Read The Independent’s interview with Jane Bernstein about her daughter Charlotte Glynn here.

Learn more about Rachel Is and Charlotte Glynn at www.jacktarfilms.com.

Gayle Ferraro for the documentary feature To Catch a Dollar
Location: Boston, Massachusetts

For Gayle Ferraro, filmmaking is her medium, but her true passion lies in human rights. With masters degrees from Harvard University in public administration, and Boston University in mass communication, Ferarro pursued a degree in human rights law at Oxford University, before beginning her film career. Her first film, Sixteen Decisions, in 2000, took her to Bangladesh where she told the story of a young woman trying to pull herself and her family from poverty through a loan from Muhammad Yunus’ Grameen Bank. Her second film, Anonymously Yours, followed four girls in Burma involved in sex trafficking. In her third film, found her in India, exploring the dying holy city of Varansi in Ganges: River to the Heaven. Ferraro’s latest film, To Catch A Dollar: Muhammad Yunus Banks on America, returns to the subject of her first film, Sixteen Decisions, by bringing Grameen Bank to Queens to help American women stuck in poverty. The film received a Sundance Documentary Program/Skoll Foundation Stories of Change grant and screened at Sundance in 2010.

Read The Independent’s interview with editor Keiko Deguchi about Gayle Ferraro here.

Learn more about To Catch a Dollar and Gayle Ferarro at www.tocatchadollar.com.

Heather Courtney for the documentary feature Where Soldiers Come From
Location: Austin, Texas

Before film school, Heather Courtney worked for refugee and immigrant rights organizations for eight years. She has carried her work for social justice over to film after getting her MFA in film production from the University of Texas, Austin, in 2000. Courtney completed her first film in 2001, Los Trabajadores/The Workers, which documents the lives of immigrant day laborers, and went on to win the “Audience Award” at SXSW, an International Documentary Association award, and national broadcast on PBS. In 2006 she produced Letters from the Other Side, a story about immigration told in video letters from the women and children left behind in Mexico, which was funded by Independent Television Service (ITVS) and a Fulbright Fellowship. Her latest film, Where Soldiers Come From, also funded by ITVS, brings her back to her hometown in Northern Michigan, where she follows a group of young soldiers before, during, and after their National Guard service in Afghanistan. The film recently won a Sundance Grant for post-production; Courtney will be working on it throughout 2010.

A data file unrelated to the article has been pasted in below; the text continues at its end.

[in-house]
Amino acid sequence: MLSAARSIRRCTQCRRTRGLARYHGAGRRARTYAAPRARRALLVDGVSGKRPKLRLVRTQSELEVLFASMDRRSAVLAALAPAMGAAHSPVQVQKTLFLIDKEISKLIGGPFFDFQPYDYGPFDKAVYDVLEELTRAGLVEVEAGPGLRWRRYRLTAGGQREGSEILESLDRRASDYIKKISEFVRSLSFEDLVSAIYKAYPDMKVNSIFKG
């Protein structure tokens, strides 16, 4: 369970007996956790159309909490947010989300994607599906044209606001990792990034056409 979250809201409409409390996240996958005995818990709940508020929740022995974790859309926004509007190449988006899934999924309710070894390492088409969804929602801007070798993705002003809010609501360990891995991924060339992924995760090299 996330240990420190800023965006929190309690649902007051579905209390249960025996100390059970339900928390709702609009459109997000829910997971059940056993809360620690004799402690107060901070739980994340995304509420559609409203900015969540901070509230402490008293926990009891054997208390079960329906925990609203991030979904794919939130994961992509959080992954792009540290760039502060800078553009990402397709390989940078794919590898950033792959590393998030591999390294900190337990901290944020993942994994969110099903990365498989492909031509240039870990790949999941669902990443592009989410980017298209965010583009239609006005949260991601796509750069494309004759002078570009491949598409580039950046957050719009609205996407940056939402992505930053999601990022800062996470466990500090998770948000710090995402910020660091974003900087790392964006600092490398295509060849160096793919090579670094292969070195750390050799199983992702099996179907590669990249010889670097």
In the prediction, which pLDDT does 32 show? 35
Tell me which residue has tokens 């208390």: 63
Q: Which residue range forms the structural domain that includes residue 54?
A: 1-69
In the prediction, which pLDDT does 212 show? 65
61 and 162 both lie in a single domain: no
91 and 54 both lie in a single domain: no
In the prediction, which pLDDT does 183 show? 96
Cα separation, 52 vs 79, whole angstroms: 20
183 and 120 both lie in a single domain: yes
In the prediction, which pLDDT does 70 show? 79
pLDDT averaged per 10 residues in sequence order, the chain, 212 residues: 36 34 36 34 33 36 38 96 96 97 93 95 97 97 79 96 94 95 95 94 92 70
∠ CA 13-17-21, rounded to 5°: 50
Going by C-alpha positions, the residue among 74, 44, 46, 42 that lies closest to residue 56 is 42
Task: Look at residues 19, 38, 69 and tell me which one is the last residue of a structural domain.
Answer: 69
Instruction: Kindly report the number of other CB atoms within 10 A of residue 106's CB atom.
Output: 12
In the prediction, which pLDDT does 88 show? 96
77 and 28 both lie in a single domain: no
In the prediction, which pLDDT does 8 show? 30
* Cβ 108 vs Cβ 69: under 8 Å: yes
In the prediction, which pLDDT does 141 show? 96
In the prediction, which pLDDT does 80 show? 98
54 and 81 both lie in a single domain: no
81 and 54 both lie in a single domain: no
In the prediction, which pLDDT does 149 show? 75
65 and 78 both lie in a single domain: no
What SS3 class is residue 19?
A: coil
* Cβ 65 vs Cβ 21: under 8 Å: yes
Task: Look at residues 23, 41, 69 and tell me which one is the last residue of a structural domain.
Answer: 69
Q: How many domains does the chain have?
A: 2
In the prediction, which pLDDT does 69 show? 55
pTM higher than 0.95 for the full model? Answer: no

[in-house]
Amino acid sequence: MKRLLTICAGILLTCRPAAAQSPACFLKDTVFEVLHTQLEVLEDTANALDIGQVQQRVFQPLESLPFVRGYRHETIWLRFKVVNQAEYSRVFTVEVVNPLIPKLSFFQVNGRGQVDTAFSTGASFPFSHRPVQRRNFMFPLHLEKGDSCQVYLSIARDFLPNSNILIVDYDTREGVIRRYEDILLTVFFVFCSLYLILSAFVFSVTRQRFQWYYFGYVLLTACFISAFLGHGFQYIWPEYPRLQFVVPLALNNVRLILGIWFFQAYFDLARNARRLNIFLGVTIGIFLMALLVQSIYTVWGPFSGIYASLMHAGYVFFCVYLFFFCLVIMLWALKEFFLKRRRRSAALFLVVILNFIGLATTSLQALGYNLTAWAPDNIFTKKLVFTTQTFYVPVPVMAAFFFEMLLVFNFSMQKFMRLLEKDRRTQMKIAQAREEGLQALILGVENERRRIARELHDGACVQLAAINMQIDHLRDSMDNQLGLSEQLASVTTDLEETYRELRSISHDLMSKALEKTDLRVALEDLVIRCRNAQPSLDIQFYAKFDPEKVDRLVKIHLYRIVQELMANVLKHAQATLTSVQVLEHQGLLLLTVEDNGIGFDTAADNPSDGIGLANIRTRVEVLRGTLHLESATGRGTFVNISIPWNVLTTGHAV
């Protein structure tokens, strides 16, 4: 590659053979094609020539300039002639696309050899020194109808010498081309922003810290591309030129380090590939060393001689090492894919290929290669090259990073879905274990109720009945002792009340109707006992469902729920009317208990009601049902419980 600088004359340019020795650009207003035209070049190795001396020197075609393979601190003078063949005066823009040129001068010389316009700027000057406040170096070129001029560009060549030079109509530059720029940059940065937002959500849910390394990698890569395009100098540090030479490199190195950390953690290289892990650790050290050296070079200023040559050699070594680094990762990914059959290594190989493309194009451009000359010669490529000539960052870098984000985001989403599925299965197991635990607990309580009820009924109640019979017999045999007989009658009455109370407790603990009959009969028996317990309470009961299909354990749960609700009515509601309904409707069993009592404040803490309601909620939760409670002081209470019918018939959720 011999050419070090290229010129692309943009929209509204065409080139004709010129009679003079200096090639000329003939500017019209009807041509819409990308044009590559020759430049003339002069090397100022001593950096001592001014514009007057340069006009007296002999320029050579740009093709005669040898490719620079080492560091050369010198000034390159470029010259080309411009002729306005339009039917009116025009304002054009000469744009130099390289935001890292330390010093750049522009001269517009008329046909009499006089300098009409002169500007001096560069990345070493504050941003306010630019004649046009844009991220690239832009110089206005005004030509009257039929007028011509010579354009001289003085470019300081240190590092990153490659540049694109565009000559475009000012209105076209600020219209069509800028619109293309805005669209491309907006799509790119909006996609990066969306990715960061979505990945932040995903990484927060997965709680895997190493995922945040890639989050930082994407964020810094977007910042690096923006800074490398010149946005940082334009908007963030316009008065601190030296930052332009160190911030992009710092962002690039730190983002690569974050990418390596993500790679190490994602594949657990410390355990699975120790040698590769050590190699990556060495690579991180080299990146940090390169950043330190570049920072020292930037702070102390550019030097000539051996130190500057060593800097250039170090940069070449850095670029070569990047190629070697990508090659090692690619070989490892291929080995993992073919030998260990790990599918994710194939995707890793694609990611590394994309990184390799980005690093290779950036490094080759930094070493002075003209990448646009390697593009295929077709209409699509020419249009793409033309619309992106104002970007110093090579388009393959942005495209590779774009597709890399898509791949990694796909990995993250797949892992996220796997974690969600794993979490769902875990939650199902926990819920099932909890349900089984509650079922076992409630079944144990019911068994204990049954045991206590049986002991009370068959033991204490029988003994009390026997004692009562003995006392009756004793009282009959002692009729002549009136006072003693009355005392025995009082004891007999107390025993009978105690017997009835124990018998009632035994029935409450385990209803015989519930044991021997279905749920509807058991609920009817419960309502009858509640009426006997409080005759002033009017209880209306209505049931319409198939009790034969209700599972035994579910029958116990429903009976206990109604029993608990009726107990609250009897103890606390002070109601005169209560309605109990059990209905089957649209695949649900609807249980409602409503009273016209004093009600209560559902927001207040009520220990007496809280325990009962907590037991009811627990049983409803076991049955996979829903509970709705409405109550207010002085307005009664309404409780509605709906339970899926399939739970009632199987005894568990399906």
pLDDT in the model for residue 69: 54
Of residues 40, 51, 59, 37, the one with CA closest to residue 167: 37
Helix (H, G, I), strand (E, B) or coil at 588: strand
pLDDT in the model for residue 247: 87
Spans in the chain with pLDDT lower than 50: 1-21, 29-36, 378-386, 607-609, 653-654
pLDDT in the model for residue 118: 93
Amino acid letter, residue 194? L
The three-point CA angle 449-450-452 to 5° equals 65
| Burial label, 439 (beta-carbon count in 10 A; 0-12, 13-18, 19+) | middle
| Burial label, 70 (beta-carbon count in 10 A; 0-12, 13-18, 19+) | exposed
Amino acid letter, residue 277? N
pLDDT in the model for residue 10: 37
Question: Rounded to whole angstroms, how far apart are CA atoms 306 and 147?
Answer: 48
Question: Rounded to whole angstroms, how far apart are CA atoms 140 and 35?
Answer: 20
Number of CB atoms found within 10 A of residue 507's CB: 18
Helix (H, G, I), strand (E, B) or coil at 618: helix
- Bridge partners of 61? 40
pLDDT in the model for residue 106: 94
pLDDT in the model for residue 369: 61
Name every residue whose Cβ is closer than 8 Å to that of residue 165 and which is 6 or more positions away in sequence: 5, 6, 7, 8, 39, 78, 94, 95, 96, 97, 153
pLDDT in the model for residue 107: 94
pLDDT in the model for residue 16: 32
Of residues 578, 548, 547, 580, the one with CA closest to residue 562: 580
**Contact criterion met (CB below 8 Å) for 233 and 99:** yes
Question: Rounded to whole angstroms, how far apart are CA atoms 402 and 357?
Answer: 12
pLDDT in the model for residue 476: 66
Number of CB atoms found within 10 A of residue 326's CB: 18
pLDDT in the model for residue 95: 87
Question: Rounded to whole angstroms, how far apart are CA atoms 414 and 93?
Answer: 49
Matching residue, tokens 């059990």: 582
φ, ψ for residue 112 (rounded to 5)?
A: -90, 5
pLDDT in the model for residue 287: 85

Read The Independent’s interview with filmmaker/professor Paul Stekler about Heather Courtney here.

Learn more about Where Soldiers Come From and Heather Courtney at www.newday.com/filmmakers/Heather_Courtney.html.


Hilari Scarl for the documentary feature See What I’m Saying
Learn more about See What I’m Saying and Hilari Scarl at www.seewhatimsayingmovie.com

Dean Peterson for the narrative feature Incredibly Small
Learn more about Incredibly Small and Dean Peterson at www.incrediblysmall.com/Home.html

Greg Pak for the animated short Mister Green
Learn more about Mister Green and Greg Pak at www.pakbuzz.com/entries/001987.shtml

Ryan Gielen for the narrative feature Two
Learn more about Two and Ryan Gielen at www.ryangielen.blogspot.com

Matt McCormick for the narrative feature Some Days Are Better Than Others
Learn more about Some Days Are Better Than Others and Matt McCormick at www.somedaysthemovie.com

Do you think we missed someone? Or maybe you just think we’re right on the money. Either way, leave a comment, and let us know what you think!

About :

Nikki Chase is a freelance writer in Boston and the associate editor at the Independent. Her work has appeared in New England Film, Bay Windows and 10Best, as well as several local publications including her celebrity blog for the Boston Examiner. She can be contacted at nikki@independent-magazine.org.